While the Highlander’s feel absolutely solid and connected through the straps and that wide, contouring high-back, it’s the ShadowFit baseplate that really does it for me. The amount you can tweak and shift your weight between the nose and tail is super impressive, and yet you never feel like you’re leaving the binding behind as you do so.

Personally, I can’t vouch for their freeride performance, as I didn’t have a chance to get onto anything super steep or technical. In terms of comfort and response, I’ve no doubt they’d handle bigger lines and sketchy conditions just fine. The absence of any forward lean perhaps suggests that they’re not made for the die-hard mountain goats, but I’m also guessing implementing that to the highbacks would come at the expense of the Kevlar wire wrapped around the heel-hoops. That’s a trade off I’m more than happy to make.

The Highlanders tick a massive box for freestyle riders, but I think they’d have widespread appeal to riders that just prefer a more natural feeling flex underfoot. I could really feel what the board was doing underneath me and felt way more in tune its flex.”

Tester’s Verdict 2019/20

Rob McCreathWhitelines

“The Highlanders have the look of the CIA Mainframe – black on black, cross-hatching, and a bunch of wires and components here, there and everywhere that you’re not entirely sure what they’re there for, but you better not touch them, just in case.

I rode the Highlanders on two very different boards. The first was the 157 Äsmo – a pure powder surfer. The second was on my old trusty steed – the Salomon Assassin. While these bindings are geared as all-mountain performers, I have to say I think they work better for those looking for a much looser, mobile feeling on the snowboard.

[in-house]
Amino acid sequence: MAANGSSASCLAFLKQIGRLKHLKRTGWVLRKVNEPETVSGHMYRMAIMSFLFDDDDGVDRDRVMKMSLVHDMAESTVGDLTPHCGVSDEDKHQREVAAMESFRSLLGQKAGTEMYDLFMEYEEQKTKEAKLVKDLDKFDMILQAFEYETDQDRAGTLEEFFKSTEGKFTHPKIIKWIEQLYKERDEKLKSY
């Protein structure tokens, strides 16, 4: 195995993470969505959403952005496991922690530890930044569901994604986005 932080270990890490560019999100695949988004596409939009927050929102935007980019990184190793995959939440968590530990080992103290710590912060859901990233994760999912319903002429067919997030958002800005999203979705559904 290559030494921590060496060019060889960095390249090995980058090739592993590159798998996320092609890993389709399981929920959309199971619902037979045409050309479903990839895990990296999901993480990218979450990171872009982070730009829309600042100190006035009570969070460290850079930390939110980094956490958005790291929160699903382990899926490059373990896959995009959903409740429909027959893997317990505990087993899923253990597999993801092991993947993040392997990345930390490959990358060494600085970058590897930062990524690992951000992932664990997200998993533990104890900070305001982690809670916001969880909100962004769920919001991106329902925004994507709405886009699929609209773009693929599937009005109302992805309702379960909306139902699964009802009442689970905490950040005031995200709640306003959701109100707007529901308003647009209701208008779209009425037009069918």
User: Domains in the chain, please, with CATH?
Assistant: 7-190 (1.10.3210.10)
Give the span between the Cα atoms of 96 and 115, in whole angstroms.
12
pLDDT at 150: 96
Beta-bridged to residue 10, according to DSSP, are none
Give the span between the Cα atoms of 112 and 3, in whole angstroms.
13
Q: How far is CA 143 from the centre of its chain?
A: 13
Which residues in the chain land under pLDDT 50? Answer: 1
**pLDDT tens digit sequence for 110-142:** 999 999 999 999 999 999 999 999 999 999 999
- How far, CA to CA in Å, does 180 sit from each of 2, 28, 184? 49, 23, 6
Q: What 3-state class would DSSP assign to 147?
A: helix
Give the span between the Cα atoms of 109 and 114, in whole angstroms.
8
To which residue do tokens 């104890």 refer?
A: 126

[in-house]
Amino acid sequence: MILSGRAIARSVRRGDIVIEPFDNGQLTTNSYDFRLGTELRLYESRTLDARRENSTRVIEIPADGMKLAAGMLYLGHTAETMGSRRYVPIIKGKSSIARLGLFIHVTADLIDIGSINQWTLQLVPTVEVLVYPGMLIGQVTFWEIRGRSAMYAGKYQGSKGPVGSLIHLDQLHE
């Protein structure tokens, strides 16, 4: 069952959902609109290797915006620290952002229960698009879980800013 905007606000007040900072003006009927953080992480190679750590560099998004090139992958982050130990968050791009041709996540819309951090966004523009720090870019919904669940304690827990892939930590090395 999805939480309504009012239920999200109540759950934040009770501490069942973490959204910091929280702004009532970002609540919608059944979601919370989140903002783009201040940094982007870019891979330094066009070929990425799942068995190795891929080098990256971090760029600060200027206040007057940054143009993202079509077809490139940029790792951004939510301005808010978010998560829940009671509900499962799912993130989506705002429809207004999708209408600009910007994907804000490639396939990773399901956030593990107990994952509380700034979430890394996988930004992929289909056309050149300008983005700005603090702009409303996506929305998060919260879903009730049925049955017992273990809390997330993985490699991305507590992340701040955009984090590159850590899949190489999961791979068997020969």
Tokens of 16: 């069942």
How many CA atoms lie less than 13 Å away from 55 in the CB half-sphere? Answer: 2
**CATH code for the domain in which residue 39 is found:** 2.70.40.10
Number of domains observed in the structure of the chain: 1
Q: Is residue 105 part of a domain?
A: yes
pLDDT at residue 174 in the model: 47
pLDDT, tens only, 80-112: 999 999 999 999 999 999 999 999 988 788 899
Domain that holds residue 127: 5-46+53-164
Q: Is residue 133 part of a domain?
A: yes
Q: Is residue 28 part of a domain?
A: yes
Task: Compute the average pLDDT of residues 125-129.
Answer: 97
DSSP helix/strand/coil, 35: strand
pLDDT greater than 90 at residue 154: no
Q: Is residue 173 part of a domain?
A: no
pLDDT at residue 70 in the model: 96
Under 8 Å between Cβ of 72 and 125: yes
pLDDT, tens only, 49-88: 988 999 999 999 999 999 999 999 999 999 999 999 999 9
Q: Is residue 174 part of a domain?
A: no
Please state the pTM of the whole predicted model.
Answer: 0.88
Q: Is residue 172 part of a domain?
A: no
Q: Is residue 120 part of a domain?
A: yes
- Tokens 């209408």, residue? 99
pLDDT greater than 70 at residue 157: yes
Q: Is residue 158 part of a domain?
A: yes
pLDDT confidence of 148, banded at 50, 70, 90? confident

On the Äsmo, riding with the Highlanders felt like surfing on a cloud. I could move across the board with total freedom and feel completely connected to what was happening underfoot. On the Assassin, riding a little harder around the pistes and through the park, they just felt a little too sluggish between the edges for me.

The Kevlar wire running from point to point around the back of the heel cup works well and like nothing else I’ve ridden. There’s loads of lateral flex with them, but you feel the entire binding moving with you and not, as you can sometimes experience, like you’re pulling your foot out of the baseplate.

“On the Äsmo, riding with the Highlanders felt like surfing on a cloud. I could move across the board with total freedom and feel completely connected to what was happening underfoot. On the Assassin, riding a little harder around the pistes and through the park, they just felt a little too damp between the edges for me”

Where they didn’t feel quite as responsive for me was between the edges. Despite that really supportive highback, I never felt the sensation of getting sprung from the heelside edge back to the toes. Maybe that was down to the Kevlar wire, maybe it’s just a softer overall flex than what I’m used to.

One thing worth noting, the heel hoops on these are pretty high up, so you definitely feel fully enclosed in the binding. The downside of this, for me, was that I felt a pressure point on the inside of my ankle for most of the time riding them.

Overall, the Highlanders sit as one of Salomon’s more premium bindings in the line and offer a bunch of support and a unique flex pattern. With the right boots strapped inside, I’d have no doubt they’d be super comfortable too.”